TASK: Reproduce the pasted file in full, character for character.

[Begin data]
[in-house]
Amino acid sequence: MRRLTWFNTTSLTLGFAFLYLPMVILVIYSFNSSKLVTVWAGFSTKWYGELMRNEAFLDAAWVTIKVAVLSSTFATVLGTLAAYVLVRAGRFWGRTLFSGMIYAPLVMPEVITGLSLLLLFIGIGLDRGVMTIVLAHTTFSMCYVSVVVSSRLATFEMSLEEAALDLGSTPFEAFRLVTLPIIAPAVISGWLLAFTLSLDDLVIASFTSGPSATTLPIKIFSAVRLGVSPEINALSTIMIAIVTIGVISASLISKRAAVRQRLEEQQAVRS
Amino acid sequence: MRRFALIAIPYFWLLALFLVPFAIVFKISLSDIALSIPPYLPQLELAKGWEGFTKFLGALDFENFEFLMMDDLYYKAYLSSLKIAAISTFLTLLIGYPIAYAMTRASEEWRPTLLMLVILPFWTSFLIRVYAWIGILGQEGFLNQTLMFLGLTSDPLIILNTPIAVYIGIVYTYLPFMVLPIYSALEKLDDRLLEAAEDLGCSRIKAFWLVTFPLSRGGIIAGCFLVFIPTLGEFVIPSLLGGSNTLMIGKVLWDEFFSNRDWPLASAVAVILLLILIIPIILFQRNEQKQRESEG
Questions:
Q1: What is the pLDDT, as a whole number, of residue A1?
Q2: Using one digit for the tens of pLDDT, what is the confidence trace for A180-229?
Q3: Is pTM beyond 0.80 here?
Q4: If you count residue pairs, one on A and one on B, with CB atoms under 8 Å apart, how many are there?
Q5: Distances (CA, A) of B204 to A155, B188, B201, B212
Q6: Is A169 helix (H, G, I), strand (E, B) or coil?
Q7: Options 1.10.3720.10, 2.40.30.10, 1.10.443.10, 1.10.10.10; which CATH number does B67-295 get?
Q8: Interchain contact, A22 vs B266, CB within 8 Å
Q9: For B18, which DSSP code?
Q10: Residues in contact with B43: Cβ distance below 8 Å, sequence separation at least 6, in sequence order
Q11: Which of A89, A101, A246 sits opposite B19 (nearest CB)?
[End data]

[in-house]
Amino acid sequence: MRRLTWFNTTSLTLGFAFLYLPMVILVIYSFNSSKLVTVWAGFSTKWYGELMRNEAFLDAAWVTIKVAVLSSTFATVLGTLAAYVLVRAGRFWGRTLFSGMIYAPLVMPEVITGLSLLLLFIGIGLDRGVMTIVLAHTTFSMCYVSVVVSSRLATFEMSLEEAALDLGSTPFEAFRLVTLPIIAPAVISGWLLAFTLSLDDLVIASFTSGPSATTLPIKIFSAVRLGVSPEINALSTIMIAIVTIGVISASLISKRAAVRQRLEEQQAVRS
Amino acid sequence: MRRFALIAIPYFWLLALFLVPFAIVFKISLSDIALSIPPYLPQLELAKGWEGFTKFLGALDFENFEFLMMDDLYYKAYLSSLKIAAISTFLTLLIGYPIAYAMTRASEEWRPTLLMLVILPFWTSFLIRVYAWIGILGQEGFLNQTLMFLGLTSDPLIILNTPIAVYIGIVYTYLPFMVLPIYSALEKLDDRLLEAAEDLGCSRIKAFWLVTFPLSRGGIIAGCFLVFIPTLGEFVIPSLLGGSNTLMIGKVLWDEFFSNRDWPLASAVAVILLLILIIPIILFQRNEQKQRESEG
Questions:
Q1: What is the pLDDT, as a whole number, of residue A1?
Q2: Using one digit for the tens of pLDDT, what is the confidence trace for A180-229?
Q3: Is pTM beyond 0.80 here?
Q4: If you count residue pairs, one on A and one on B, with CB atoms under 8 Å apart, how many are there?
Q5: Distances (CA, A) of B204 to A155, B188, B201, B212
Q6: Is A169 helix (H, G, I), strand (E, B) or coil?
Q7: Options 1.10.3720.10, 2.40.30.10, 1.10.443.10, 1.10.10.10; which CATH number does B67-295 get?
Q8: Interchain contact, A22 vs B266, CB within 8 Å
Q9: For B18, which DSSP code?
Q10: Residues in contact with B43: Cβ distance below 8 Å, sequence separation at least 6, in sequence order
Q11: Which of A89, A101, A246 sits opposite B19 (nearest CB)?